The Free Legal Advice Centre (Flac) said giving circuit court judges the power to overrule a lender’s “unreasonable refusal” to accept a debtor’s proposed insolvency arrangement rebalances the power between the two parties and should lead to greater fairness.
However, it pointed out that there is still no provision for a Public Insolvency Practitioner Service for those who cannot afford a private practitioner.
“This is likely to mean that many people will not be able to make a proposal for a personal insolvency arrangement and may therefore be unable to request the circuit court to review their case,” said Flac director general Noeline Blackwell.
Flac said few details were available on the proposed changes to the mortgage-to-rent scheme but that, if the property value changes were realistic and if sufficient funding was made available to support the scheme, then these would also be positive.
It also welcomed the enhanced role for Mabs (the Money Advice and Budgeting Service) but said the Government would need to give the service adequate resources for its increased function.
Mabs itself welcomed the Government’s elimination of the bank veto as well as the attempt to redress the balance between the creditor and debtor.
However, Michael Culloty of Mabs said the public needs to see what further information emerges.
Ciaran Phelan, the chief executive of the Irish Brokers Association, claimed some elements of the Government’s package were “without teeth”.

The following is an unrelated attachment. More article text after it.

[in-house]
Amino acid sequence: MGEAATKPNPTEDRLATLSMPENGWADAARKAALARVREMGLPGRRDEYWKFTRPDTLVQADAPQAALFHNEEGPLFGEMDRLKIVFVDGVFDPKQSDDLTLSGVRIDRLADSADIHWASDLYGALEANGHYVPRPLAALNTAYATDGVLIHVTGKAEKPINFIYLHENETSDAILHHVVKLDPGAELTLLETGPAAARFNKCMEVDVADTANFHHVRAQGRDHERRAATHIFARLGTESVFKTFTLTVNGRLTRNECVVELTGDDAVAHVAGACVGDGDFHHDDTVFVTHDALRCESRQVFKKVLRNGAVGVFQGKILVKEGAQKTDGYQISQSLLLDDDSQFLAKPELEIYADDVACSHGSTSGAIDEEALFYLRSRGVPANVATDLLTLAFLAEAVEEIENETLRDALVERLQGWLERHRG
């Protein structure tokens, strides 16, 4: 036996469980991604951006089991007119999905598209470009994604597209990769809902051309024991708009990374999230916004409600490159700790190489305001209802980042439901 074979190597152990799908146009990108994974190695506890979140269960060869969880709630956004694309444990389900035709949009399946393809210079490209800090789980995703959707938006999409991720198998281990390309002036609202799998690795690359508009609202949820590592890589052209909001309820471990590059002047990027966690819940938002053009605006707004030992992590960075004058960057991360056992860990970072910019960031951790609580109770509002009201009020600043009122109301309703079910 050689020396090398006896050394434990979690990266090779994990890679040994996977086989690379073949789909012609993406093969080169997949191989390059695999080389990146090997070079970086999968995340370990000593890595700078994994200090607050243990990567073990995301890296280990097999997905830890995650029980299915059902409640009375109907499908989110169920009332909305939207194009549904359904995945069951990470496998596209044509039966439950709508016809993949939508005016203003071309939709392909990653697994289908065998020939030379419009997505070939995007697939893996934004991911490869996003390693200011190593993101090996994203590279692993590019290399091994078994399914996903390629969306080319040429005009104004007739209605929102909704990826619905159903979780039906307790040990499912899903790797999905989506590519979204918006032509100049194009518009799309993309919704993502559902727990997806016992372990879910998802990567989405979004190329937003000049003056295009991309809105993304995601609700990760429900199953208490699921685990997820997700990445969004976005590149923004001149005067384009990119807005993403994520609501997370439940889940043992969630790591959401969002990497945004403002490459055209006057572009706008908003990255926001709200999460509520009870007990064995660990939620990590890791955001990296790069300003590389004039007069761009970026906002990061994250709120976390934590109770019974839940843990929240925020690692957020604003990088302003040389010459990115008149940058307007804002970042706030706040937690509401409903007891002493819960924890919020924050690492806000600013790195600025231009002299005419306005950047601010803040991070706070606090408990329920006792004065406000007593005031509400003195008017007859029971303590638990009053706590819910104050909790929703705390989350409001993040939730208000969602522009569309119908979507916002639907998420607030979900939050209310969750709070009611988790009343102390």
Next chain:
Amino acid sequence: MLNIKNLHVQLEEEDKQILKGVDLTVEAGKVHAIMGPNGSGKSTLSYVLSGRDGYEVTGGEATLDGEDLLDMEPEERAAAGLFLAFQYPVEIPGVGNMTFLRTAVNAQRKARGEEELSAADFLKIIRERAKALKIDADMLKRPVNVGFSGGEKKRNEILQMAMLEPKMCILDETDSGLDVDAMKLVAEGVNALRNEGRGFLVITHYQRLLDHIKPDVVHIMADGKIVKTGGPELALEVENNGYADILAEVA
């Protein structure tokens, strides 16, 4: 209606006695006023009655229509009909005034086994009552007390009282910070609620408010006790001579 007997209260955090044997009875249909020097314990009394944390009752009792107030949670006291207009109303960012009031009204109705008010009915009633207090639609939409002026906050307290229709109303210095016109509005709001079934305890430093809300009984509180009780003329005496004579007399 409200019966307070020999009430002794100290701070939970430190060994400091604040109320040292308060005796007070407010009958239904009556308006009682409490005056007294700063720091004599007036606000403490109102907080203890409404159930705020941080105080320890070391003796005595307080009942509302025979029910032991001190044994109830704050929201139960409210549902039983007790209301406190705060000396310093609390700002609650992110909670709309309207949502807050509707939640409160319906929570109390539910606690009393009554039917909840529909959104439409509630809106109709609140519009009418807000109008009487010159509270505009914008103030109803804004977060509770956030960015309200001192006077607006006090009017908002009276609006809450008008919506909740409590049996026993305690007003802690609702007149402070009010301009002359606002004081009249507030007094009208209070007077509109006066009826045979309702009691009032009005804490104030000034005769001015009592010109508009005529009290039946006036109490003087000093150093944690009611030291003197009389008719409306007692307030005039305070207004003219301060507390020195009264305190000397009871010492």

“One area which deserves some degree of attention is the proposed involvement of Stepchange which was not outlined at the Cabinet meeting,” he said, referring to a UK-based debt charity.
“In essence, they will be funded by the banks through the mechanism of the Irish Bankers Federation which may muddy the waters a little when it comes to the perception of impartiality.
“It stands to reason that banks will probably favour mortgage customers going through the Stepchange route rather than elsewhere... but it has to be in the interests of both the mortgage holder and the bank to do so.”
Clúid Housing was critical of the Government’s proposals for reform of the mortgage-to-rent scheme which, it said, amounted to “minor tweaking to a scheme which never really got going in the first place”.
Simon Brooke, its head of policy, said: “The mortgage-to-rent scheme has been running for nearly three years at this stage.
“By now, at least 1,500 distressed borrowers could be housing association tenants. Sadly the current total of completed cases is less than 100.”